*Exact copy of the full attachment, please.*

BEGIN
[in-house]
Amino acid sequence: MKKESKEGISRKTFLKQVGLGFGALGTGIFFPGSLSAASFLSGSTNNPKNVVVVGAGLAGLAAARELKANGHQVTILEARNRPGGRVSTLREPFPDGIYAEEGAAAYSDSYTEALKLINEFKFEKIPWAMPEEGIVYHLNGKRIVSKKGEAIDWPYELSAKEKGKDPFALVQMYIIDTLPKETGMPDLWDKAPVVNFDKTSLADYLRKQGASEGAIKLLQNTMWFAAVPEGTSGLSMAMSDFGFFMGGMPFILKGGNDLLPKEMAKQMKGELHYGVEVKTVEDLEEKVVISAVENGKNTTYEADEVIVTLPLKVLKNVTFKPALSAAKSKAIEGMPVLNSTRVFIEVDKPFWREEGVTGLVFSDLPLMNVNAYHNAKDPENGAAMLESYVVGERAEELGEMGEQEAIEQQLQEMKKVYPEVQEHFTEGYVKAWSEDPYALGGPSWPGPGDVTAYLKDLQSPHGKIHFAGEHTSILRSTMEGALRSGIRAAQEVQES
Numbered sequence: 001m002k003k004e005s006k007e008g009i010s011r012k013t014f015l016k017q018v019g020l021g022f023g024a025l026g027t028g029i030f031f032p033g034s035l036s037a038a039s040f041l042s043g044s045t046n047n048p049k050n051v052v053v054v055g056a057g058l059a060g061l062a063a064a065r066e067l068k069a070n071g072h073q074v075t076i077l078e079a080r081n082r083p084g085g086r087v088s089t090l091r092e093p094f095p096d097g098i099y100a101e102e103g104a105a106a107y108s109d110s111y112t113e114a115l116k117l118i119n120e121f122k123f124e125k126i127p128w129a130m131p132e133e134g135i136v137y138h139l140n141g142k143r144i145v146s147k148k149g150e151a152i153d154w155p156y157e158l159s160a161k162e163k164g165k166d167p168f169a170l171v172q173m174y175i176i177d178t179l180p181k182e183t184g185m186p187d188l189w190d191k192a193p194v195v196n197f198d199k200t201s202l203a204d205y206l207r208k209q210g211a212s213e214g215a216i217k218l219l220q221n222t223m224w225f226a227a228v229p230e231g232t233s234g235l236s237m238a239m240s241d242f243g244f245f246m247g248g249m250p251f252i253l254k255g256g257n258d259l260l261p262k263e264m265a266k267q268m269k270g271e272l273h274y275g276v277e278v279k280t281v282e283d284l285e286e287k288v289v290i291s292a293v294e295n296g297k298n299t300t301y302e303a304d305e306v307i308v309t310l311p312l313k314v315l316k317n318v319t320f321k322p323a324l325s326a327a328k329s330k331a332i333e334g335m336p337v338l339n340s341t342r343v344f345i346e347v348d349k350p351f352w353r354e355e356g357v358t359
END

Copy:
[in-house]
Amino acid sequence: MKKESKEGISRKTFLKQVGLGFGALGTGIFFPGSLSAASFLSGSTNNPKNVVVVGAGLAGLAAARELKANGHQVTILEARNRPGGRVSTLREPFPDGIYAEEGAAAYSDSYTEALKLINEFKFEKIPWAMPEEGIVYHLNGKRIVSKKGEAIDWPYELSAKEKGKDPFALVQMYIIDTLPKETGMPDLWDKAPVVNFDKTSLADYLRKQGASEGAIKLLQNTMWFAAVPEGTSGLSMAMSDFGFFMGGMPFILKGGNDLLPKEMAKQMKGELHYGVEVKTVEDLEEKVVISAVENGKNTTYEADEVIVTLPLKVLKNVTFKPALSAAKSKAIEGMPVLNSTRVFIEVDKPFWREEGVTGLVFSDLPLMNVNAYHNAKDPENGAAMLESYVVGERAEELGEMGEQEAIEQQLQEMKKVYPEVQEHFTEGYVKAWSEDPYALGGPSWPGPGDVTAYLKDLQSPHGKIHFAGEHTSILRSTMEGALRSGIRAAQEVQES
Numbered sequence: 001m002k003k004e005s006k007e008g009i010s011r012k013t014f015l016k017q018v019g020l021g022f023g024a025l026g027t028g029i030f031f032p033g034s035l036s037a038a039s040f041l042s043g044s045t046n047n048p049k050n051v052v053v054v055g056a057g058l059a060g061l062a063a064a065r066e067l068k069a070n071g072h073q074v075t076i077l078e079a080r081n082r083p084g085g086r087v088s089t090l091r092e093p094f095p096d097g098i099y100a101e102e103g104a105a106a107y108s109d110s111y112t113e114a115l116k117l118i119n120e121f122k123f124e125k126i127p128w129a130m131p132e133e134g135i136v137y138h139l140n141g142k143r144i145v146s147k148k149g150e151a152i153d154w155p156y157e158l159s160a161k162e163k164g165k166d167p168f169a170l171v172q173m174y175i176i177d178t179l180p181k182e183t184g185m186p187d188l189w190d191k192a193p194v195v196n197f198d199k200t201s202l203a204d205y206l207r208k209q210g211a212s213e214g215a216i217k218l219l220q221n222t223m224w225f226a227a228v229p230e231g232t233s234g235l236s237m238a239m240s241d242f243g244f245f246m247g248g249m250p251f252i253l254k255g256g257n258d259l260l261p262k263e264m265a266k267q268m269k270g271e272l273h274y275g276v277e278v279k280t281v282e283d284l285e286e287k288v289v290i291s292a293v294e295n296g297k298n299t300t301y302e303a304d305e306v307i308v309t310l311p312l313k314v315l316k317n318v319t320f321k322p323a324l325s326a327a328k329s330k331a332i333e334g335m336p337v338l339n340s341t342r343v344f345i346e347v348d349k350p351f352w353r354e355e356g357v358t359